Curating Revolution

Politics on Display in Mao’s China

How did China’s Communist Revolution transform the nation’s political culture? In this rich and vivid history of the Mao period (1949-1976), Denise Y. Ho examines the relationship between its exhibits and its political movements, arguing that exhibitions made revolution material. Case studies from Shanghai show how revolution was curated: museum workers collected cultural and revolutionary relics; neighborhoods, schools, and work units mounted and narrated local displays; and exhibits provided ritual space for both ideological lessons and political campaigns. Using archival sources, ephemera, interviews, and other historical materials, Curating Revolution traces the process by which exhibitions were developed, presented, and received. Its examples range from the First Party Congress Site and the Shanghai Museum to the “class education” and Red Guard exhibits that accompanied the Socialist Education Movement and the Cultural Revolution. With its socialist museums and new exhibitions, the exhibitionary culture of the Mao era operated in two modes: that of a state in power and that of a state in revolution.  Both reflecting and making revolution, these forms remain part of China’s revolutionary legacy today.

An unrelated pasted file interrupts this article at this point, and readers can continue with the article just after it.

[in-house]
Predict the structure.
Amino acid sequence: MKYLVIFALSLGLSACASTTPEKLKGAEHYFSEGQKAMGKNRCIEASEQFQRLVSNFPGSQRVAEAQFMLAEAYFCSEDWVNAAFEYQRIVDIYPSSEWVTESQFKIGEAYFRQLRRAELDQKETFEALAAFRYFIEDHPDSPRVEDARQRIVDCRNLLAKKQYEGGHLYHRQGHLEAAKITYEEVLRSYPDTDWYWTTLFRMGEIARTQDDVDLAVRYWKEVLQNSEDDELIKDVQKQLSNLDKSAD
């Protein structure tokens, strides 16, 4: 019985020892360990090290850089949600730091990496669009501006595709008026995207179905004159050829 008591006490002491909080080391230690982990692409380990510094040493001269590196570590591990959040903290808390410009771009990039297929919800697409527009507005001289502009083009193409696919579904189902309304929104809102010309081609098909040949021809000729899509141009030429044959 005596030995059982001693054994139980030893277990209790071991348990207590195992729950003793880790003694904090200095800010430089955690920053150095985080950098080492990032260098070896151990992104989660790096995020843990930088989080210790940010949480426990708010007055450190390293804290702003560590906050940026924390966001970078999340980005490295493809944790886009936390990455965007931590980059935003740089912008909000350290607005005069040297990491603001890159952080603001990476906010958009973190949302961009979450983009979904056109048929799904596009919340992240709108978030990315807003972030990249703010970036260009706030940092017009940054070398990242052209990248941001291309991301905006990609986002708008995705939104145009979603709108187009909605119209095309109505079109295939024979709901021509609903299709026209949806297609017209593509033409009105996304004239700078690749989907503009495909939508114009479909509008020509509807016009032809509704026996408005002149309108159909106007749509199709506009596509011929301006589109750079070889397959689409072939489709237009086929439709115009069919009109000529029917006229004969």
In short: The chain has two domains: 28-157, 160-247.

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Amazon | Cambridge University Press